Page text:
On Sunday I went to a funeral for a stranger.
This was not in my travel plans for the trip to California, but I was here and the funeral was here, so I went ahead and attended the service with about a thousand other people, lined up all along the pier that I've been walking to and from in the mornings and the evenings.
I didn't know Bobby, the man who died, but I was able to gather (and by "gather" I mean, of course, that I eavesdropped on all of the conversations around me) that he was in his mid to late 40's. The numbers that I heard most often were 43 and 47, so I assume that one of them is correct. I know that he died from cancer, although nobody knew or nobody said what kind. I know that he was cremated, and that the reason so many mourners were gathered at the pier is that his ashes were going to be scattered into the ocean on the north side. Someone said that Bobby would find it ironic that the north side was his final resting place, but no one said why. As a stranger, I didn't think it was my place to ask.
The reason so many people were gathered, even strangers, to see Bobby's ashes scattered is that Bobby was also a surfer, and that meant that he had a surf memorial. I'd never seen one, and probably never will again, but here's how it worked.
The mourners/attendees were split into two groups: those on the beach and those on the pier. Those on the pier were all in regular clothing, and many carried flowers or leis. I was surprised to see so few of them in black, but this appears to have been a pretty informal affair, which I can only assume Bobby would have wanted. Those on the beach, including some of Bobby's family, gathered beneath the pier for a prayer and a few words, and then, all of them in wetsuits and carrying their surfboards, they took to the water and began to swim out into the sea:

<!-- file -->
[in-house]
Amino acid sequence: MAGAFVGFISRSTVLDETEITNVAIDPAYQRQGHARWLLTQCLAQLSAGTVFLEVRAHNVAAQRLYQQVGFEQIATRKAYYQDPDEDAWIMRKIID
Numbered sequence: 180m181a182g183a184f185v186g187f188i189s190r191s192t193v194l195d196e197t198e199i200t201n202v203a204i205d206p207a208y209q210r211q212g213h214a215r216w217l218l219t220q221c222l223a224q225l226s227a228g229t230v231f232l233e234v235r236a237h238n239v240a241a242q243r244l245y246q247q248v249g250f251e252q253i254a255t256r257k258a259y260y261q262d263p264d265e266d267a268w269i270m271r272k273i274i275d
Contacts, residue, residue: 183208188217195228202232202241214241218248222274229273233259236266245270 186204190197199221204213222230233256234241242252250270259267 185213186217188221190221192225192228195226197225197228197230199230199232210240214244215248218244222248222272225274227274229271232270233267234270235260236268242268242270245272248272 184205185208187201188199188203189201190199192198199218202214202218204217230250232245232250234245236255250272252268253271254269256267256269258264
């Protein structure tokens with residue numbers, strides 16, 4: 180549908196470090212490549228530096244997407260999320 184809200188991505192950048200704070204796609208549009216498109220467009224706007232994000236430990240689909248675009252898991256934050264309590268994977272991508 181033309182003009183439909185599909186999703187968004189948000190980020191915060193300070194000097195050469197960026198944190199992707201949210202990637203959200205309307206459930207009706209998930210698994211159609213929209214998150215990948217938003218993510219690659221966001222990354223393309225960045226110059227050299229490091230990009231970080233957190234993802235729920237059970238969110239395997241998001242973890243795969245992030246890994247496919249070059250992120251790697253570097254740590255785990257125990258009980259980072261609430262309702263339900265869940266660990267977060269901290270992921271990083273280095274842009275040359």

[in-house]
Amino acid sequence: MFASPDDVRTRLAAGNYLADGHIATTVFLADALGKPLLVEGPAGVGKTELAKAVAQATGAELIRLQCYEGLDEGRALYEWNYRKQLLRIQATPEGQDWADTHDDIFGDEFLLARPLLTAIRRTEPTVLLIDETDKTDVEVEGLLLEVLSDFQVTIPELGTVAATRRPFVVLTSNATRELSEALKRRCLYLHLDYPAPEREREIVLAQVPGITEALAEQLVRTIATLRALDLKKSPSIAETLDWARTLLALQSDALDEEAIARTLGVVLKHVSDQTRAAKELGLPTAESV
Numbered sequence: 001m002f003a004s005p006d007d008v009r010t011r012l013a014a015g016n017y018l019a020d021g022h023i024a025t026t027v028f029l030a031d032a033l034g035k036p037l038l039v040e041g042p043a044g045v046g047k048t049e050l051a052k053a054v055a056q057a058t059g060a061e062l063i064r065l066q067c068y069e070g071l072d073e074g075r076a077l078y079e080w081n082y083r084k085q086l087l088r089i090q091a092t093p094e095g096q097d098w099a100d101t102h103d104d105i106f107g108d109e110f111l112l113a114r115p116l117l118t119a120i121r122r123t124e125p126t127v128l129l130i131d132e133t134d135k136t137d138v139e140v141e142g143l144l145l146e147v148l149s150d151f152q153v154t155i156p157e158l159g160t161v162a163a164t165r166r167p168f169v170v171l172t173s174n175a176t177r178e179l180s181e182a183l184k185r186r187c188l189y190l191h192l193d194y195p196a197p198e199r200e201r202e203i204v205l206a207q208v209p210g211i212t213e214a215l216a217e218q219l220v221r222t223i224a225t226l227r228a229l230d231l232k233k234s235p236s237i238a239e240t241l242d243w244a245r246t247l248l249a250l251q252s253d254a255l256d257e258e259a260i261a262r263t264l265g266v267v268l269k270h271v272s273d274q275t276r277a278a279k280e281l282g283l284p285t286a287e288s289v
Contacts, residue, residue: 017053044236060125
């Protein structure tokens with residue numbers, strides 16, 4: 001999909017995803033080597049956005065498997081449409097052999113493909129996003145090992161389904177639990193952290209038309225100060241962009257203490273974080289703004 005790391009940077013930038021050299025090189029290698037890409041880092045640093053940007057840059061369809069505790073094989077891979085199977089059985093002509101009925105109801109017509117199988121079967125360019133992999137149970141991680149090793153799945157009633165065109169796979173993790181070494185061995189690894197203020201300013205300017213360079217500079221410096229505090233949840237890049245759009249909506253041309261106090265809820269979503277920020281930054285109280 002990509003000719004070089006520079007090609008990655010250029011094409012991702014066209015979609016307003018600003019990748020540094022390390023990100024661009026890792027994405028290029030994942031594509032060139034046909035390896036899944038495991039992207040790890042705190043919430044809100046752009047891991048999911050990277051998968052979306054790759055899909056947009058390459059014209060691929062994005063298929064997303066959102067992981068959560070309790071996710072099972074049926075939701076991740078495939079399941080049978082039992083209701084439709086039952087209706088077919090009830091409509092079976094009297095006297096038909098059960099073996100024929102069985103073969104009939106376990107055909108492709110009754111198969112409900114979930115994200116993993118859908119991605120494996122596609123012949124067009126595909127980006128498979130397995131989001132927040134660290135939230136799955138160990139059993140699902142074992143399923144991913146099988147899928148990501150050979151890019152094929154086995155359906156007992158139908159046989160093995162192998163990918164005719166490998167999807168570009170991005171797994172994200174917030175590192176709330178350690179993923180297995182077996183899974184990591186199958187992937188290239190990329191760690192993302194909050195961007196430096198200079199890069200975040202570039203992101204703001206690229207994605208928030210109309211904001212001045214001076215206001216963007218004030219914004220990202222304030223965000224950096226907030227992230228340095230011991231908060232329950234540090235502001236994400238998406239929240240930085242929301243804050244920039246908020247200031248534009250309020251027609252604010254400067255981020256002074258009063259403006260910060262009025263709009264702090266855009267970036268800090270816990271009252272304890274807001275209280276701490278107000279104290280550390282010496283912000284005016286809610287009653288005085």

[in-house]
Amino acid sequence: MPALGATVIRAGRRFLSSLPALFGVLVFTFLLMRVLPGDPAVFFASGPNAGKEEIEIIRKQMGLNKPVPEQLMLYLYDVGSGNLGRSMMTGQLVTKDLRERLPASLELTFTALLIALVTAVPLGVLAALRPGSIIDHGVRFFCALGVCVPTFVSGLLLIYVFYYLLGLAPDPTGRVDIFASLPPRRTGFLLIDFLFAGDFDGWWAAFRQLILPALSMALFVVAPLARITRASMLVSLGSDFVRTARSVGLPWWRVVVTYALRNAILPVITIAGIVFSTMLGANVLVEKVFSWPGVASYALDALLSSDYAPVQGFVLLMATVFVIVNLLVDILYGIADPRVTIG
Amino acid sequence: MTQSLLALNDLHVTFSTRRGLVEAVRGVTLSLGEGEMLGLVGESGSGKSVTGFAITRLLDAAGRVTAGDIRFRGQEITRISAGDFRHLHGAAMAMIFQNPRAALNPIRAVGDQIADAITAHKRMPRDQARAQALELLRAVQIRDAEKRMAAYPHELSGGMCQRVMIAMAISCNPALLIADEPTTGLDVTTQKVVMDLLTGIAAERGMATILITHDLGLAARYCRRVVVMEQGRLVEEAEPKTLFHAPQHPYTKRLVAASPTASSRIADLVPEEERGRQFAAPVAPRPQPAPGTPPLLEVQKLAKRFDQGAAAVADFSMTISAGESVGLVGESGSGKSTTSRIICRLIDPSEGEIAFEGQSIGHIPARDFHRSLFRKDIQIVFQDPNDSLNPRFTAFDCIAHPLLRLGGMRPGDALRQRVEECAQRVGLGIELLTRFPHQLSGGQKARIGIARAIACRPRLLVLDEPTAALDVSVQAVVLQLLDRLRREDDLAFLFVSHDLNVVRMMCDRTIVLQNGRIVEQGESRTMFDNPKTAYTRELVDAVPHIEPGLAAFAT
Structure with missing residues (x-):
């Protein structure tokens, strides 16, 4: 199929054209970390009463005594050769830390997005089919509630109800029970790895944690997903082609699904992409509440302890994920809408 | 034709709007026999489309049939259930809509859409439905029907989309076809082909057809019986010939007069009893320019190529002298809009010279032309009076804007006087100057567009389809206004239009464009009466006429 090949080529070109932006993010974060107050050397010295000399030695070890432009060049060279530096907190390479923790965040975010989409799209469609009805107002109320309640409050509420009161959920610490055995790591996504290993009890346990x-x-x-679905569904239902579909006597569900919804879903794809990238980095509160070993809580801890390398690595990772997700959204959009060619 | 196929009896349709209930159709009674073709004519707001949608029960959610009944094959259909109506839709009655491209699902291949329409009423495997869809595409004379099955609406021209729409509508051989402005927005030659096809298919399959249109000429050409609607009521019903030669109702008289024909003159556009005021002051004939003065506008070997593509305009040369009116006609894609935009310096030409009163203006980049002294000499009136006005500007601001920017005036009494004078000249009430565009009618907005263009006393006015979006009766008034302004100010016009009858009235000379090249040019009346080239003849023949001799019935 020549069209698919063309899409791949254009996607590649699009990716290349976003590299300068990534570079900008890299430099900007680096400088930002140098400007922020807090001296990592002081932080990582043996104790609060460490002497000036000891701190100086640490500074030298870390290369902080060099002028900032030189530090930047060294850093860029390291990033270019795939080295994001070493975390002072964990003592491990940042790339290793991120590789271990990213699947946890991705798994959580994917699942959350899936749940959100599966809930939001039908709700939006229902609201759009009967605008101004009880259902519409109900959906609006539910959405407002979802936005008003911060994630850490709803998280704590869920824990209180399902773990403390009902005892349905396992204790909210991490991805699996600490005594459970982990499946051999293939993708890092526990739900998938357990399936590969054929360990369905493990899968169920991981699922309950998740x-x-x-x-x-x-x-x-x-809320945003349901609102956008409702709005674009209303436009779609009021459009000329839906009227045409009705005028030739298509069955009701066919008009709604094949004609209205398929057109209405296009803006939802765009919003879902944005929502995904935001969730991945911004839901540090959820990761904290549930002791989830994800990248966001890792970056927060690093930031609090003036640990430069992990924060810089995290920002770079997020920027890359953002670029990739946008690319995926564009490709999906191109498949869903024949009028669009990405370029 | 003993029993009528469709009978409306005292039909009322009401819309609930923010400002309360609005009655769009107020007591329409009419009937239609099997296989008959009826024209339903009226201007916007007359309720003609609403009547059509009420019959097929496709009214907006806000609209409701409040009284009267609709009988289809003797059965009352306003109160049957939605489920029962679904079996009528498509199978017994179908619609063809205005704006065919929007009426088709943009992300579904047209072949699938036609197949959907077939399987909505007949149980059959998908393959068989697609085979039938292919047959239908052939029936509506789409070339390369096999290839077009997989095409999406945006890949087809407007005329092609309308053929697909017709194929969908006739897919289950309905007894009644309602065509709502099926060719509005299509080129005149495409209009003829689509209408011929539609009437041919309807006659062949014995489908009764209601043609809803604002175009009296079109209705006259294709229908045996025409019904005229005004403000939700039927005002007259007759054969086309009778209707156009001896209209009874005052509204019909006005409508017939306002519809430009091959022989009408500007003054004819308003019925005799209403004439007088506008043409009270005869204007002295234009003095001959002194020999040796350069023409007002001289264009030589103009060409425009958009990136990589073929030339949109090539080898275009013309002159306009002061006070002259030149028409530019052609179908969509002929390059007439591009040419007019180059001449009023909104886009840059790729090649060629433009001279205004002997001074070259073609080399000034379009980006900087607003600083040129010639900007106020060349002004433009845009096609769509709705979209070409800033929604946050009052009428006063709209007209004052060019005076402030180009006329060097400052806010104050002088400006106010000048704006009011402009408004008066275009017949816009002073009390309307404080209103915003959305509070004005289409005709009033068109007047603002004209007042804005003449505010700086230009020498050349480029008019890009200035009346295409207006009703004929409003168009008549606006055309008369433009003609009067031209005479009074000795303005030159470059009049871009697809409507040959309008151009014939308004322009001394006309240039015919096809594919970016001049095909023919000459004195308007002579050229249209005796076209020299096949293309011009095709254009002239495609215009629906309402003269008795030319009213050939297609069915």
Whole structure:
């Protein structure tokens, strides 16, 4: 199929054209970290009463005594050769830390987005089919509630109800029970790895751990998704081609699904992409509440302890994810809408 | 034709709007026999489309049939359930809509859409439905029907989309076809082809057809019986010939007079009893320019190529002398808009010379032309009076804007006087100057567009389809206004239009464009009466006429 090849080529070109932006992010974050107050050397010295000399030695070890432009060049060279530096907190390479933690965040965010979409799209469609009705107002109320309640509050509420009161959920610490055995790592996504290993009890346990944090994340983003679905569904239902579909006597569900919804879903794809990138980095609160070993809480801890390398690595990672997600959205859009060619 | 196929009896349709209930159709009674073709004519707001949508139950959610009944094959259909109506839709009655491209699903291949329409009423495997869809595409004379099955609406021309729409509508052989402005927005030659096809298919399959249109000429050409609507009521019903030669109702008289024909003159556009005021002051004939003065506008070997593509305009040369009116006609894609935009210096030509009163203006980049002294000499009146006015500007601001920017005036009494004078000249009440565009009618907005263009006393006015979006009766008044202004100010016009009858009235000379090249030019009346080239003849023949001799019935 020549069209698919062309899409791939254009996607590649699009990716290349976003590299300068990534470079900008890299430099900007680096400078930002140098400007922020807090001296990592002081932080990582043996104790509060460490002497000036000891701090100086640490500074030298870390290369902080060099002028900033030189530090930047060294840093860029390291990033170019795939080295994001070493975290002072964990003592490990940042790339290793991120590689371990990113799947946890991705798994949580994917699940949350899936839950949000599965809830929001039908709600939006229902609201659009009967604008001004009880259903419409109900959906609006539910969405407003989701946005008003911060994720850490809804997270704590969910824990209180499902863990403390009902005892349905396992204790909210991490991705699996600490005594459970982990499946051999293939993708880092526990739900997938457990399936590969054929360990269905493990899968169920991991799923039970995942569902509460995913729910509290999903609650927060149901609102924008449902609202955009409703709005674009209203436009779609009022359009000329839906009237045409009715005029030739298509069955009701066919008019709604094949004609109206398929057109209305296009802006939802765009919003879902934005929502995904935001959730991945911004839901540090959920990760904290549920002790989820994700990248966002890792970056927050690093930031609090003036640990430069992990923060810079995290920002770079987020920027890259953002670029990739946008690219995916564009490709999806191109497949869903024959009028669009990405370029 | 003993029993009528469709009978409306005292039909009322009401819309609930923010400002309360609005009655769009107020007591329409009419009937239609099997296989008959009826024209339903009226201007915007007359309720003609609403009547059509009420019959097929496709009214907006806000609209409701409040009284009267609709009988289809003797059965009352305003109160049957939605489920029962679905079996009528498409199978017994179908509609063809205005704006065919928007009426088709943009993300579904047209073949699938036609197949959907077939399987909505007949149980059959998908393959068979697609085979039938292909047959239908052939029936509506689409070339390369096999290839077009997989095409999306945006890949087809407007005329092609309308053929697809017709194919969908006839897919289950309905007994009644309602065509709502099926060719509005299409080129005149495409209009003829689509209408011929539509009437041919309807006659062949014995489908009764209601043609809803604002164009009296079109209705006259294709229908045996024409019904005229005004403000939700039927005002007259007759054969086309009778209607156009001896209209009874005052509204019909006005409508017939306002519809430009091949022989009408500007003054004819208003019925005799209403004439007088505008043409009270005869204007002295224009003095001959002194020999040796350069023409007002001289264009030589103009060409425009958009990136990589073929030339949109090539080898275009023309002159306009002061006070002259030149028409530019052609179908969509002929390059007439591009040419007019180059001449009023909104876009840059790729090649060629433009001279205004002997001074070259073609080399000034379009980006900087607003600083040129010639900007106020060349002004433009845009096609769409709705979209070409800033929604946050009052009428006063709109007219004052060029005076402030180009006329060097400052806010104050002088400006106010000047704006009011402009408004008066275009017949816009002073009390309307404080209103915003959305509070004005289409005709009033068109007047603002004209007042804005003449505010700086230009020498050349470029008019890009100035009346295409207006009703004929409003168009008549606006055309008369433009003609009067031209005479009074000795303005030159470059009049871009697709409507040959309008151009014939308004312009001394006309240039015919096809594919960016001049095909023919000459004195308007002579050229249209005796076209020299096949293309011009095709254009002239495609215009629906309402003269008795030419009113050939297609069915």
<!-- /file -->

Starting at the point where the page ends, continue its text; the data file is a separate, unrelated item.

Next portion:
The man in the front appeared to be a pastor, although someone near me said that he was a church youth group leader and not ordained. Again, I did not feel that I was in a position to ask a lot of questions.
After the leader decided they were far enough out, which was a little tricky because the lifeguard truck announced just before they took to the water that due to the high waves no one should be out further than 200 yards, the surfers began to circle their boards and hold hands:
This is a lot more difficult than it sounds like it should be. I was thinking, "How hard can it be to float into a circle and grab each other?" but due to the waves the circle kept breaking as it tried to form, and sometimes people slipped off of their boards when they didn't mean to, and had to maneuver back into place.
It took about twenty minutes for them to get the whole circle together, with Bobby's family and some close friends in the center:
Once they did, someone in the center of the circle said a few words, they bowed their heads, and then the people on the pier began throwing flowers, leis, and flower petals into the water. The circle pulled in on itself as the people in the center began to scatter Bobby's ashes, and then people started to wish him well:
That was the part that surprised me. The people in the water were cheering, laughing, and clapping as they tried to stay on their boards and threw their own flowers (most of which they had carried in their teeth or tucked into the backs of their wetsuits), and the people on the pier were clapping and yelling back at them.
"So long, Bobby!"
"Safe journey, Bobby!"
I've never been to a funeral where everyone seemed so happy before. It was kind of like Bobby was leaving for a trip, and all of these people showed up at the pier to see him off. I didn't see anyone crying, and for a few minutes it seemed like everyone shared in positive feelings. I felt included in a moment of togetherness and, oddly, hope.
I didn't know Bobby, but I really enjoyed his funeral.